Lost Links in Google Webmaster Tools

On Feb 7th, 2013 Google announced a known issue with the links counts
found in Google Webmaster Tools. It may appear that you have lost most of your links but its just a glitch and Google is working on the problem now. In the meantime, your traffic will not be affected.

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Above is a snapshot of the Links to Your Site page in Google Webmaster Tools and below is a post that Google made on the Webmaster help Forum a few days ago.

Known issue: links to your site data issues

Thursday, February 7, 2013 | 2:23 PM

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Some Webmaster Tools users have reported missing data in the Links to your site section. We are aware of this issue and are looking into it; you do not need to take any action. We hope to have the normal data shown again in the near future. The data were shown there is informational and does not affect your site’s crawling, indexing or ranking.

SEO Troubleshooting | Algorithmic Penalty Identification

SEO-Troubleshooting-algorithmic

Einstein once said, The formulation of the problem is often more important than the solution and in the case of trying to figure out why your website has lost traffic or ranking, this couldn’t be more true!

The first thing to do in a dicey SEO situation is, Don’t Hit The Panic Button! One of the biggest mistakes people make is they start doing drastic updates to their site or their SEO campaign(s) and this is exactly the wrong thing to do because it could set into action, a chain of events, that can make the recovery process much more difficult. Furthermore, when Google punishes a site for a certain thing like let’s say, Link Scheming and then you all-the-sudden stop building links to your site, it will trigger another algorithm that confirms you were link scheming in the first place. Yes, don’t be surprised that Google with their top Ph.D. analysts and billions of dollars already thought of that.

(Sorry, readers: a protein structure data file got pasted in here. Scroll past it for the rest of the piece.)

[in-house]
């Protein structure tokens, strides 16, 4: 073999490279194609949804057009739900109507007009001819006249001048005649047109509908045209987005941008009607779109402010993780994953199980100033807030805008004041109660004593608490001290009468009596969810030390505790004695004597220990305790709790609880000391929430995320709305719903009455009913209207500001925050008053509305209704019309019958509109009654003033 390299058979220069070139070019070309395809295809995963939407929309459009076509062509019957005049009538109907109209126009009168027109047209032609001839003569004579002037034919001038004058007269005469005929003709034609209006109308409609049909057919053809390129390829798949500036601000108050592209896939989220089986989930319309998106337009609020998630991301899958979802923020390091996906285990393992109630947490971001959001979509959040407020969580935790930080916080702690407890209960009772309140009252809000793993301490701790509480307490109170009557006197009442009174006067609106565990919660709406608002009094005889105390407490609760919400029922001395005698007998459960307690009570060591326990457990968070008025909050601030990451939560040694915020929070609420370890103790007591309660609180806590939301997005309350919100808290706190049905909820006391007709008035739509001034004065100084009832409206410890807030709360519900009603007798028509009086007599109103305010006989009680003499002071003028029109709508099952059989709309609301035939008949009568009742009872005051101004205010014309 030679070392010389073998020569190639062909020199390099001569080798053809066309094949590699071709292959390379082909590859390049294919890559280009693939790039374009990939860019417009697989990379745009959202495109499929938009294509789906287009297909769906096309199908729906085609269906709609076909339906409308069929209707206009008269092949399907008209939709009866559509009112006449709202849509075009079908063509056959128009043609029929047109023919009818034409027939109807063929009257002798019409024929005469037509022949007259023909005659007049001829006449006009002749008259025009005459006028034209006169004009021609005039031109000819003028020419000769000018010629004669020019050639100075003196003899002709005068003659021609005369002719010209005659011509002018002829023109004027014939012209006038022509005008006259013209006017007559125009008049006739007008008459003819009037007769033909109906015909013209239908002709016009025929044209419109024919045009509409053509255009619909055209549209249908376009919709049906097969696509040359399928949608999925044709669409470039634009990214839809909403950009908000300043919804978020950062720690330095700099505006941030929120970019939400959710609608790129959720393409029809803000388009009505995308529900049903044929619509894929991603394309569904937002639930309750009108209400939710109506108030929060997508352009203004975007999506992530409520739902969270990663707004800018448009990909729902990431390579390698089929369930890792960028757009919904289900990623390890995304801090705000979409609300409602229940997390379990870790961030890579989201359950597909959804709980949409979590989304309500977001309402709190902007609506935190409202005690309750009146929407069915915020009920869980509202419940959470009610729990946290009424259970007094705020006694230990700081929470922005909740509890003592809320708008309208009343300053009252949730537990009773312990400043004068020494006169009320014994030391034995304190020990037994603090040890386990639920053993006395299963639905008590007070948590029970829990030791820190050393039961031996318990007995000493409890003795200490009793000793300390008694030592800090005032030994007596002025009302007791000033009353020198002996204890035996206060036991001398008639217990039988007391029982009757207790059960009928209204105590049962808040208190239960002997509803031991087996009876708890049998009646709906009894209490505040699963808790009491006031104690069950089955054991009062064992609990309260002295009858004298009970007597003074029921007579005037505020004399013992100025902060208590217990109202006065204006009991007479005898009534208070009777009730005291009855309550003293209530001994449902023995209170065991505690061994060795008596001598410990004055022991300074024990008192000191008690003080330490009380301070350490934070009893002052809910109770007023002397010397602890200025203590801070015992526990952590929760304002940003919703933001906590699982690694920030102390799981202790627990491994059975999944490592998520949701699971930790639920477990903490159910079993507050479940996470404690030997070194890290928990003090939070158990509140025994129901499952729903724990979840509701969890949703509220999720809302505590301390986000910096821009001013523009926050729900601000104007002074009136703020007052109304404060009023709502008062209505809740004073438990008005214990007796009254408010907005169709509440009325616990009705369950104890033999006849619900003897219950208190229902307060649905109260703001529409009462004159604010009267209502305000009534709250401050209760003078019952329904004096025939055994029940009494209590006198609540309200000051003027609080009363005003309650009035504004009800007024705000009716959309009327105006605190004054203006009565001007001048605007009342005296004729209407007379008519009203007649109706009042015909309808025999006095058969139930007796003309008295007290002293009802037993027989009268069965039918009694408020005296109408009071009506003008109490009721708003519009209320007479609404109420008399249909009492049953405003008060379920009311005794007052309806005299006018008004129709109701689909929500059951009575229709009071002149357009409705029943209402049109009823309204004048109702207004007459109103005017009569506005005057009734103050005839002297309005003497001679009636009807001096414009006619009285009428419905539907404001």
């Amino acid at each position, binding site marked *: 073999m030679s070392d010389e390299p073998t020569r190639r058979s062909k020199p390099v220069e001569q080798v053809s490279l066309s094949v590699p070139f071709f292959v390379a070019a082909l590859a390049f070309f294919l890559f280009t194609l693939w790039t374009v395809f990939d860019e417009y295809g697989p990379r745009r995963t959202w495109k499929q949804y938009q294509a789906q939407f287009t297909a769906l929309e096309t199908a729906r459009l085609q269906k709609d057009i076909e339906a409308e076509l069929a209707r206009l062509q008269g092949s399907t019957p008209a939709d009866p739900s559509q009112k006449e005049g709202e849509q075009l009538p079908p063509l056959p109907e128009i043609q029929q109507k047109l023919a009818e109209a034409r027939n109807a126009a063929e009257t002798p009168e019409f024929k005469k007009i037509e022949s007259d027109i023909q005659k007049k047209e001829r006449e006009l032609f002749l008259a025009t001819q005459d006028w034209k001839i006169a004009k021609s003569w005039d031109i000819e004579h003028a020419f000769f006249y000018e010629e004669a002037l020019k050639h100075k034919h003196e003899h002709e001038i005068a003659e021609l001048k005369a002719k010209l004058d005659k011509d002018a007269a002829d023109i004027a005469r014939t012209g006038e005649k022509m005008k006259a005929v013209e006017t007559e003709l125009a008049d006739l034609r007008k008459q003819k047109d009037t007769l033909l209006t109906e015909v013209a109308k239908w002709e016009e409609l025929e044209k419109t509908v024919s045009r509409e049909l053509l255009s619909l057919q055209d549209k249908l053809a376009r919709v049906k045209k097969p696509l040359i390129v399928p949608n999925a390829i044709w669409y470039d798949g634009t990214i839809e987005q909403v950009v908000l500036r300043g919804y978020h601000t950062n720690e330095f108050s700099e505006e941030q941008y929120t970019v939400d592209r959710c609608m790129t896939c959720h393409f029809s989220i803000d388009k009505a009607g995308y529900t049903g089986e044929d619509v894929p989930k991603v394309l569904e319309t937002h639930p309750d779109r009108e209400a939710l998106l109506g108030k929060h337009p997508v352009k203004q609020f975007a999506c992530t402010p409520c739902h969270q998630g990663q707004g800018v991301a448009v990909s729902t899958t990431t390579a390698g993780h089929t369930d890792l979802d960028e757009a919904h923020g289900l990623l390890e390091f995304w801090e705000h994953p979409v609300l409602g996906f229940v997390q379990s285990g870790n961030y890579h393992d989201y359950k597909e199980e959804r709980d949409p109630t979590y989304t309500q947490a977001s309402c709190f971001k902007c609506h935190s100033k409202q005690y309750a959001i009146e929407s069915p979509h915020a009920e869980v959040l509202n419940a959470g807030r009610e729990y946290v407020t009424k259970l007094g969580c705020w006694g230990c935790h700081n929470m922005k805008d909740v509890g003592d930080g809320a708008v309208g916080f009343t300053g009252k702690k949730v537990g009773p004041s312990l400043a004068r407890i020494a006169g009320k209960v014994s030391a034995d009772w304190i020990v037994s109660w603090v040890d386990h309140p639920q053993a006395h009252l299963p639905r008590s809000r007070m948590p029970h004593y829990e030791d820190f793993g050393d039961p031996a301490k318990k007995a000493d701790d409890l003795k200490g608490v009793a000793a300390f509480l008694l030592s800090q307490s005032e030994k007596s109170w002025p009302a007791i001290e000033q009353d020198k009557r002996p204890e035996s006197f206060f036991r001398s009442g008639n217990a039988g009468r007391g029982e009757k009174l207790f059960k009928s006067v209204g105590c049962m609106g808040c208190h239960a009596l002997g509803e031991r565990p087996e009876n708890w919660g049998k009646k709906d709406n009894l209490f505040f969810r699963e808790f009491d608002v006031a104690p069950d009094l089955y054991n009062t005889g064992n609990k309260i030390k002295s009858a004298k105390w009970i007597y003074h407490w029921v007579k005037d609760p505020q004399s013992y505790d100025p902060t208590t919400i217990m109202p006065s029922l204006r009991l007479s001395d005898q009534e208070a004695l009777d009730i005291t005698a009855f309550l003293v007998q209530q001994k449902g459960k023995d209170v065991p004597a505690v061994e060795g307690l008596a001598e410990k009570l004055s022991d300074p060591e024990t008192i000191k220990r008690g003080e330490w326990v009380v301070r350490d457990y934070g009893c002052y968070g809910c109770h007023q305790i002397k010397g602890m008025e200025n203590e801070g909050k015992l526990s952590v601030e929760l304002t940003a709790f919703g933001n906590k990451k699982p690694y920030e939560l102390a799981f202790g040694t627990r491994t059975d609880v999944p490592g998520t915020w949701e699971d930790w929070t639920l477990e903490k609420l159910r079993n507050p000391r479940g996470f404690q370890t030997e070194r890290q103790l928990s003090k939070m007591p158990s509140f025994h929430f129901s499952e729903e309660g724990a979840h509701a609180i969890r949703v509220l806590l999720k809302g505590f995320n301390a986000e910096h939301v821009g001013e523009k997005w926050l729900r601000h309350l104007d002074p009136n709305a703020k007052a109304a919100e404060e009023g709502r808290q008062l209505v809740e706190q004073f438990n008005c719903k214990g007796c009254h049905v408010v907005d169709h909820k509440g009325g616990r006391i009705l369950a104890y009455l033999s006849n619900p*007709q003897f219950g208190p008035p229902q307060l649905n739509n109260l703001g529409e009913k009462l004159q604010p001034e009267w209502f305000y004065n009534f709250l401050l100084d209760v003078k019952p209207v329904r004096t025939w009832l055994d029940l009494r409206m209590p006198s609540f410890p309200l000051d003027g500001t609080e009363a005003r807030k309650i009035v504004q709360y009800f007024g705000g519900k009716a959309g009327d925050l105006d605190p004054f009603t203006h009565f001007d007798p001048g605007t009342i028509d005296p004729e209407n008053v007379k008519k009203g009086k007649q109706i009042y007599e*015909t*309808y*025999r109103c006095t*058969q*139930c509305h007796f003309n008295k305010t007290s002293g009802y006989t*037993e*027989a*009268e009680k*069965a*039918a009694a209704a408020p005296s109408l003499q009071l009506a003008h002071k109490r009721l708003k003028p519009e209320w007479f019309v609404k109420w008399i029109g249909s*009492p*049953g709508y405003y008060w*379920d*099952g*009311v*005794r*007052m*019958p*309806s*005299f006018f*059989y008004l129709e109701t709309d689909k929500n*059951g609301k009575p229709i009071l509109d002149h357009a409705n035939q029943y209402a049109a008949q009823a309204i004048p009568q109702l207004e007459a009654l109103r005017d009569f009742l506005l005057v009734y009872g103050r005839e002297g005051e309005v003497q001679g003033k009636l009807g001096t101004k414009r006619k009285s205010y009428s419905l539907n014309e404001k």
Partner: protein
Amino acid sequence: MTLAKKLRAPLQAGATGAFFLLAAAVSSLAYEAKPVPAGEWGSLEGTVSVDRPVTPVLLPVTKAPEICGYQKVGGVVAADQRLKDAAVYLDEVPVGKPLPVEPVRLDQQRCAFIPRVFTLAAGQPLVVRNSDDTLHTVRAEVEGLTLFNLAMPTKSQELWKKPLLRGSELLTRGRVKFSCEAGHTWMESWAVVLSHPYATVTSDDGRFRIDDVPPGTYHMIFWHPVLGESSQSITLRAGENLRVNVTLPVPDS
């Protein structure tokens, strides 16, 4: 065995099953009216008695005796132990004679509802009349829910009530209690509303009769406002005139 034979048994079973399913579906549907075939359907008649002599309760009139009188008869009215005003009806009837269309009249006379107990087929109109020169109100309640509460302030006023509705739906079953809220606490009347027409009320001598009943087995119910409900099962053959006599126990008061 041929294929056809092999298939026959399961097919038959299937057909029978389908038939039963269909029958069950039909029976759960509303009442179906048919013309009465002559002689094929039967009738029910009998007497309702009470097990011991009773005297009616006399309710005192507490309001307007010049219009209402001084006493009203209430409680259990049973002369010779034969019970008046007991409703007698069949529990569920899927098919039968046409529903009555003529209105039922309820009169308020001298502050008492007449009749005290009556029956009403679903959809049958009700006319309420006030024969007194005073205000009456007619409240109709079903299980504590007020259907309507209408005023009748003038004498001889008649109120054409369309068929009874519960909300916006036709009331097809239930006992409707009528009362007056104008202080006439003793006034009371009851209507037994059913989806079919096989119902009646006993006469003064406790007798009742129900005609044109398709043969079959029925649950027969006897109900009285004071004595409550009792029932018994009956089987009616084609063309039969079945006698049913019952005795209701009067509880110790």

Really, the best thing to do is absolutely nothing for at least a week, sometimes two, while you have time to fully analyze all the data from every angle and troubleshoot. Sometimes, websites recover on their own while the updates shuffle around.

Picture algorithms being stacked like a Jenga game and when you get smacked down by Google updates like the Panda or the Penguin, the last thing you want to do is make drastic moves that could cause the whole thing to collapse. This is why you MUST carry on as you were and identify the SEO problems before taking action.

google-algos-jenga

Where to Troubleshoot?

Out of my most recent 50 algorithmic penalty analysis that I conducted on websites for the Google Support Forum, I found most penalties were either because the website’s content was in violation or the backlinks profile was unnatural or spammy.

Content

Start by checking the website itself. Look at your content for keyword stuffing, duplicate or scraped content and coding issues.

Backlinks

Check Backlink Profile to make sure it doesn’t contain unnatural linking activity or what Google considers webspam.

These are two very broad places to start looking but if you have specific questions or want me to look at your site, just hit me up in the comments below and hopefully, you read this before making any drastic changes.

Tracking Multiple Domains and/or Subdomains in Google Analytics